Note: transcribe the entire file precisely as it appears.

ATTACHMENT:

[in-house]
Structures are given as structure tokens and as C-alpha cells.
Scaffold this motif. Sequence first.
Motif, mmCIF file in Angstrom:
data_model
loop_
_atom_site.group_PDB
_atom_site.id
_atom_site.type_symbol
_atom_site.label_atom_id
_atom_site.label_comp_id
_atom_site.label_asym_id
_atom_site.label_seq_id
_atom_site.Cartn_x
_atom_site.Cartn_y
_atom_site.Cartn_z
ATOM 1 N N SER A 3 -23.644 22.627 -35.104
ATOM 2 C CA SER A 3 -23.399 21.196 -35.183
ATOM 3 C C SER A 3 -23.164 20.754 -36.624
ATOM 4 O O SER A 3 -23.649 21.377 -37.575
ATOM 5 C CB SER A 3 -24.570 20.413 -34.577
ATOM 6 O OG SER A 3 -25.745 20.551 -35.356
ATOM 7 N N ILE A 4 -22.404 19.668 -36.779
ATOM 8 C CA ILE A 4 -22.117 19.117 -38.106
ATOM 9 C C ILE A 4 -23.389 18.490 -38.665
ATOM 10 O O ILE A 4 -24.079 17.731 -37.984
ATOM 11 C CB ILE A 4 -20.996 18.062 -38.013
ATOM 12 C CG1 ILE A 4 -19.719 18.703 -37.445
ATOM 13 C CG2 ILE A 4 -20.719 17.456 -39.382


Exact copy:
[in-house]
Structures are given as structure tokens and as C-alpha cells.
Scaffold this motif. Sequence first.
Motif, mmCIF file in Angstrom:
data_model
loop_
_atom_site.group_PDB
_atom_site.id
_atom_site.type_symbol
_atom_site.label_atom_id
_atom_site.label_comp_id
_atom_site.label_asym_id
_atom_site.label_seq_id
_atom_site.Cartn_x
_atom_site.Cartn_y
_atom_site.Cartn_z
ATOM 1 N N SER A 3 -23.644 22.627 -35.104
ATOM 2 C CA SER A 3 -23.399 21.196 -35.183
ATOM 3 C C SER A 3 -23.164 20.754 -36.624
ATOM 4 O O SER A 3 -23.649 21.377 -37.575
ATOM 5 C CB SER A 3 -24.570 20.413 -34.577
ATOM 6 O OG SER A 3 -25.745 20.551 -35.356
ATOM 7 N N ILE A 4 -22.404 19.668 -36.779
ATOM 8 C CA ILE A 4 -22.117 19.117 -38.106
ATOM 9 C C ILE A 4 -23.389 18.490 -38.665
ATOM 10 O O ILE A 4 -24.079 17.731 -37.984
ATOM 11 C CB ILE A 4 -20.996 18.062 -38.013
ATOM 12 C CG1 ILE A 4 -19.719 18.703 -37.445
ATOM 13 C CG2 ILE A 4 -20.719 17.456 -39.382